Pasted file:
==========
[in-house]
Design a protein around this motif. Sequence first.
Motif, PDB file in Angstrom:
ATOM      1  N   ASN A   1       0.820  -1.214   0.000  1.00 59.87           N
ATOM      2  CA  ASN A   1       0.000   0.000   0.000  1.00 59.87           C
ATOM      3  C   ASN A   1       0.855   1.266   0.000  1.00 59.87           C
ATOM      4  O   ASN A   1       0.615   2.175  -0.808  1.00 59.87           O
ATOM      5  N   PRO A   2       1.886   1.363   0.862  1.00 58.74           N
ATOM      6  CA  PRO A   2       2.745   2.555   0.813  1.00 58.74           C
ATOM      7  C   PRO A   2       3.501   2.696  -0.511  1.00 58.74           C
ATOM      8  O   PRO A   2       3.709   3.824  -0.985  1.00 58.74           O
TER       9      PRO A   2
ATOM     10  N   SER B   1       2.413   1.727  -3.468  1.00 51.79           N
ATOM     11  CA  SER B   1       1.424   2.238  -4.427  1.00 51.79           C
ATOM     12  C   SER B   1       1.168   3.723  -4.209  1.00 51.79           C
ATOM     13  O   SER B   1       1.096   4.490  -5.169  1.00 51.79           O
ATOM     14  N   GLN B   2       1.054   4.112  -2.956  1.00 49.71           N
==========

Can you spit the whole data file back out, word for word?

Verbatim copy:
[in-house]
Design a protein around this motif. Sequence first.
Motif, PDB file in Angstrom:
ATOM      1  N   ASN A   1       0.820  -1.214   0.000  1.00 59.87           N
ATOM      2  CA  ASN A   1       0.000   0.000   0.000  1.00 59.87           C
ATOM      3  C   ASN A   1       0.855   1.266   0.000  1.00 59.87           C
ATOM      4  O   ASN A   1       0.615   2.175  -0.808  1.00 59.87           O
ATOM      5  N   PRO A   2       1.886   1.363   0.862  1.00 58.74           N
ATOM      6  CA  PRO A   2       2.745   2.555   0.813  1.00 58.74           C
ATOM      7  C   PRO A   2       3.501   2.696  -0.511  1.00 58.74           C
ATOM      8  O   PRO A   2       3.709   3.824  -0.985  1.00 58.74           O
TER       9      PRO A   2
ATOM     10  N   SER B   1       2.413   1.727  -3.468  1.00 51.79           N
ATOM     11  CA  SER B   1       1.424   2.238  -4.427  1.00 51.79           C
ATOM     12  C   SER B   1       1.168   3.723  -4.209  1.00 51.79           C
ATOM     13  O   SER B   1       1.096   4.490  -5.169  1.00 51.79           O
ATOM     14  N   GLN B   2       1.054   4.112  -2.956  1.00 49.71           N